Admittedly, this one didn’t get off to the best of starts. I woke up early enough, well 6:45ish with the plan to be on my bike by 7am.
I thought that cycling to the start -Wembley Stadium – would be the best option because it meant I didn’t have to go into Central London and back again. And for the first 45 minutes or so, it was pretty straightforward. My phone/sat nav took me across parts of North London I’d never knew existed. I then arrived at the point when I could see that Wembley was not that far away….
“Go right, then go right again, then go right again, then go right again” suggested the sat nav.
OK, I thought. Right, right again, right again…hang on, I’m cycling in a cycle and this just doesn’t feel right when I looked behind me and saw that I was actually going away not towards Wembley.
I took the phone out of my pocket. The map was showing a dot where I was and indeed Wembley was just across the road. Only this road was the big old motorway. So backtracking to find a bridge, I found myself in one of those huge Tesco Extra carparks. The clock was ticking…Oh cripes, it’s now 7:55am, there’s only 35 minutes to get to the start. Thankfully, once I’d found my bearings, Wembley really was only 5 minutes up the road but when you’re racing a race, those extra minutes can make all the difference.
Flustered and with my heart racing, I parked my bike up against a Vitality North London Half sign – there was no way I was going to try and find “official bike parking” – made a beeline to the loos for a standard pre-race wee and then in less than 5 minutes (I swear) managed to whip off my cycling leggings and sweatshirt, pin on my race number, hand in my stuff to the luggage and hastily race to the start.
Now here’s where the race begins…
With only perhaps 4 minutes to spare, I snuck in at just behind the 2nd 2:15 pacer. Little did I know that this would mean it would take an absolute age to actually cross the startline. The gun went off and we all steadily made our way up to the bridge where we could eventually start racing.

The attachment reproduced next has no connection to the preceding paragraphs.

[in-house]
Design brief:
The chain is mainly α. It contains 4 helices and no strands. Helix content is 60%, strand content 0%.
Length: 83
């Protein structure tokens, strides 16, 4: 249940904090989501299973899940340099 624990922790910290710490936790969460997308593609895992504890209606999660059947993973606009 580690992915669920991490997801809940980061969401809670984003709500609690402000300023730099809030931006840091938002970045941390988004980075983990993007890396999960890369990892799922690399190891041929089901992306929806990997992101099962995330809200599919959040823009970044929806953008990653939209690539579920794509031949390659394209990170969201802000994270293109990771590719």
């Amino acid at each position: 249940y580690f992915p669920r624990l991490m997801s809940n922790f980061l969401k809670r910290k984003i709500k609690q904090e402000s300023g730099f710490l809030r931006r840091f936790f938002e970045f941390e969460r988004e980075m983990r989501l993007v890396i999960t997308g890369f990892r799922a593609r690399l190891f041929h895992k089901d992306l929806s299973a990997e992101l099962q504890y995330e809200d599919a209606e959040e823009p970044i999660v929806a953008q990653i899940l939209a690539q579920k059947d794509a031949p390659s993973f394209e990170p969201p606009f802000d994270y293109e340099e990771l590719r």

I don’t know whether it was my exceptionally good dinner at Noble Rot the night before or just the adrenaline of my race to the startline but boy, I was steadily pacing it out. I knew that I had some ground to make up due to my position way behind the wave I was meant to be in and this spurred me on.
The first half of the race consisted of me mainly trying to manoeuvre my way through the crowds. I don’t remember much about the scenery apart from the RAF museum and a band at Colindale roundabout. That’s not because I wasn’t enjoying it, I felt strong that day. But if you haven’t run a large race in sometime, you forget about the traffic and have to find new ways to get ahead.
The Vitality North London Half isn’t ALL about finishing in Wembley (although that probably the biggest selling point), the halfway mark at Saracens was also pretty special. Your name flashed up on the board and there was a camera projecting the runners onto a big screen so you could make funny faces as if you’re saying “‘ello mum, look at me”. Definitely one of the highlights.
The rest of the race is retracing the steps of the first half, only this time there are hills. In particular, the hill at mile 10. One of those slow, gradual hills that don’t make you breathless but certainly put the pressure on.
Second half speedy
Nevertheless, I was on a mission. In your face hills, I thought, and pushed on towards the stadium. Entering via underground, it was pretty special to cross the finish line at 1:49:07 and then grab my medal, t-shirt and goody bag.
Timing is everything
When I say I crossed the line at 1:49:07, I knew this was not my chip time. In fact, I was really excited to see my time. I felt this was a pretty good race. My legs held out and I was strong out there. I cycled back home (via another route I hasten to add) and with nervousness and glee went to find out my results.
OK, in the grand scheme of things, Brexit, Trump and global warming, this isn’t a big deal. But, and there’s a but, it’s ruddy annoying. How can it be? I thought to myself. I definitely did not start at the front of the race. The answer came a few days later from the racing chip company. Apparently, my chip wasn’t registered when I crossed the startline. Major sad face.
So if anyone wants to help me work out what my time actually was, please let me know. I started around 6 rows behind the second 2:15 pacer. Did you start around then? A week later and I’m not overly bothered, it would just be good to have an idea of how well I actually did.
Back to the race
Despite my rubbish timing chip and disappointment that followed, I thoroughly enjoyed the Vitality North London Half.